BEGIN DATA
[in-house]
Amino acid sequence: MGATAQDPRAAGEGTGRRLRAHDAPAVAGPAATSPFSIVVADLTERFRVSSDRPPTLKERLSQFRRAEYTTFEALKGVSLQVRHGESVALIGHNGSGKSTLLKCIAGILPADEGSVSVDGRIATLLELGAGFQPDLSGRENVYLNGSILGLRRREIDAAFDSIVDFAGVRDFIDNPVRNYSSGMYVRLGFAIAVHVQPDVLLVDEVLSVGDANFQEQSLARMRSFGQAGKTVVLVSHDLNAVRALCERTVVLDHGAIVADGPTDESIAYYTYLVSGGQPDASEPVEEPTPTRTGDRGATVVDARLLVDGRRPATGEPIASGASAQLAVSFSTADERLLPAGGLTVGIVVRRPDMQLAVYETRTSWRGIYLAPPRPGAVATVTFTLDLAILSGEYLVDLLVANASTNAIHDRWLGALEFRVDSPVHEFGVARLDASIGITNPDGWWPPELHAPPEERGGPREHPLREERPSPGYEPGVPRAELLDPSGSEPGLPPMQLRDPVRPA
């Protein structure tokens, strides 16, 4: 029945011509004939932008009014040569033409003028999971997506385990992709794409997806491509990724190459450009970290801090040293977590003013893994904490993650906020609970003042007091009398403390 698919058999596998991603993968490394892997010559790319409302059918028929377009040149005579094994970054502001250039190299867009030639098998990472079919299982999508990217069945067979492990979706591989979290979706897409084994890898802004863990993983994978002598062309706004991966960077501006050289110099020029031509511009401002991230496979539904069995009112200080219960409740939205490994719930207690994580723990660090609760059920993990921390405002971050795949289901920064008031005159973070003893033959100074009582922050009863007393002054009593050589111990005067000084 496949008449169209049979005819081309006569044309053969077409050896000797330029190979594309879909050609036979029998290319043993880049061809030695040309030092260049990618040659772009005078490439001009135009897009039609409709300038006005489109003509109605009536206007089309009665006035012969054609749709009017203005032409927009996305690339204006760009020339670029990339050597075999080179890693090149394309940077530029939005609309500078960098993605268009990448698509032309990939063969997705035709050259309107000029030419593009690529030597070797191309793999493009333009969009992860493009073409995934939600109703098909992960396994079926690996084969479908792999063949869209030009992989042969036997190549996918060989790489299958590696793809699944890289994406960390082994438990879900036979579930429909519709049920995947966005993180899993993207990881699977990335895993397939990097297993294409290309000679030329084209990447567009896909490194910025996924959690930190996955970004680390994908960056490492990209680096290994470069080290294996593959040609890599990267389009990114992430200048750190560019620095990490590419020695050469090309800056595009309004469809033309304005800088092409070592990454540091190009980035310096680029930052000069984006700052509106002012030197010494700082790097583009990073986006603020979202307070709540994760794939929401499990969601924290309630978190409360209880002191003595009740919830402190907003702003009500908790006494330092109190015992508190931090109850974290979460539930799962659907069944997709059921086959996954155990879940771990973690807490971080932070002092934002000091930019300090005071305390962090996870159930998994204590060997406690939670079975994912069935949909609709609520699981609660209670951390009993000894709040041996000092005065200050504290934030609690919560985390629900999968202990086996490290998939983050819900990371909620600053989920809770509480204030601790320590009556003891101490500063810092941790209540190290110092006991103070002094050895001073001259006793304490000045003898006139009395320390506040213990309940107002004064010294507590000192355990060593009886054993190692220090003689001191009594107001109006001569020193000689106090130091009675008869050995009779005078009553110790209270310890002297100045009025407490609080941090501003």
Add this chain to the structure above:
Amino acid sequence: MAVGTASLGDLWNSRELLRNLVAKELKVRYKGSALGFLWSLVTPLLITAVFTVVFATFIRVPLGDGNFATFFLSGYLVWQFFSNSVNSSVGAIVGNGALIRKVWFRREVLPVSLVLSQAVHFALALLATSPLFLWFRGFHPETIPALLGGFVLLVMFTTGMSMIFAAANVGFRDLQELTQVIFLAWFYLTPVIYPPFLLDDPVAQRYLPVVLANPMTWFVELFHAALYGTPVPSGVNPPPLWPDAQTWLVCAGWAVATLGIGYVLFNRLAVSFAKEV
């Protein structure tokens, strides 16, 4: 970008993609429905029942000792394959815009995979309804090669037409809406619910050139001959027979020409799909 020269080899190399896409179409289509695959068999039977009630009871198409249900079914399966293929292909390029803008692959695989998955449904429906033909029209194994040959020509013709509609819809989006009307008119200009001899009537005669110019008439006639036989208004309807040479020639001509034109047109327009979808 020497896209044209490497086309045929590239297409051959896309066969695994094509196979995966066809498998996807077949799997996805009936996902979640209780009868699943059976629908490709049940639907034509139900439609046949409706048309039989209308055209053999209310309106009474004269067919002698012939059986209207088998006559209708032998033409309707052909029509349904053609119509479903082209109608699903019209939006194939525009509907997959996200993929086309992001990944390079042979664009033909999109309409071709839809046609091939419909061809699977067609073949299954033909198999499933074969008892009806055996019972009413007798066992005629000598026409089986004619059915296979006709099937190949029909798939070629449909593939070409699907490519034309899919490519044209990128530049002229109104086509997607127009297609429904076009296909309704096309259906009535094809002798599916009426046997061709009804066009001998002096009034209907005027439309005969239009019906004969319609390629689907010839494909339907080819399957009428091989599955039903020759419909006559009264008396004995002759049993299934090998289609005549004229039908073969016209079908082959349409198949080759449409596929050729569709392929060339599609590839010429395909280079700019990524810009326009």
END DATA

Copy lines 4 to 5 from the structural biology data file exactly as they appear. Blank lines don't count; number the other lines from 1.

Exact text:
Add this chain to the structure above:
Amino acid sequence: MAVGTASLGDLWNSRELLRNLVAKELKVRYKGSALGFLWSLVTPLLITAVFTVVFATFIRVPLGDGNFATFFLSGYLVWQFFSNSVNSSVGAIVGNGALIRKVWFRREVLPVSLVLSQAVHFALALLATSPLFLWFRGFHPETIPALLGGFVLLVMFTTGMSMIFAAANVGFRDLQELTQVIFLAWFYLTPVIYPPFLLDDPVAQRYLPVVLANPMTWFVELFHAALYGTPVPSGVNPPPLWPDAQTWLVCAGWAVATLGIGYVLFNRLAVSFAKEV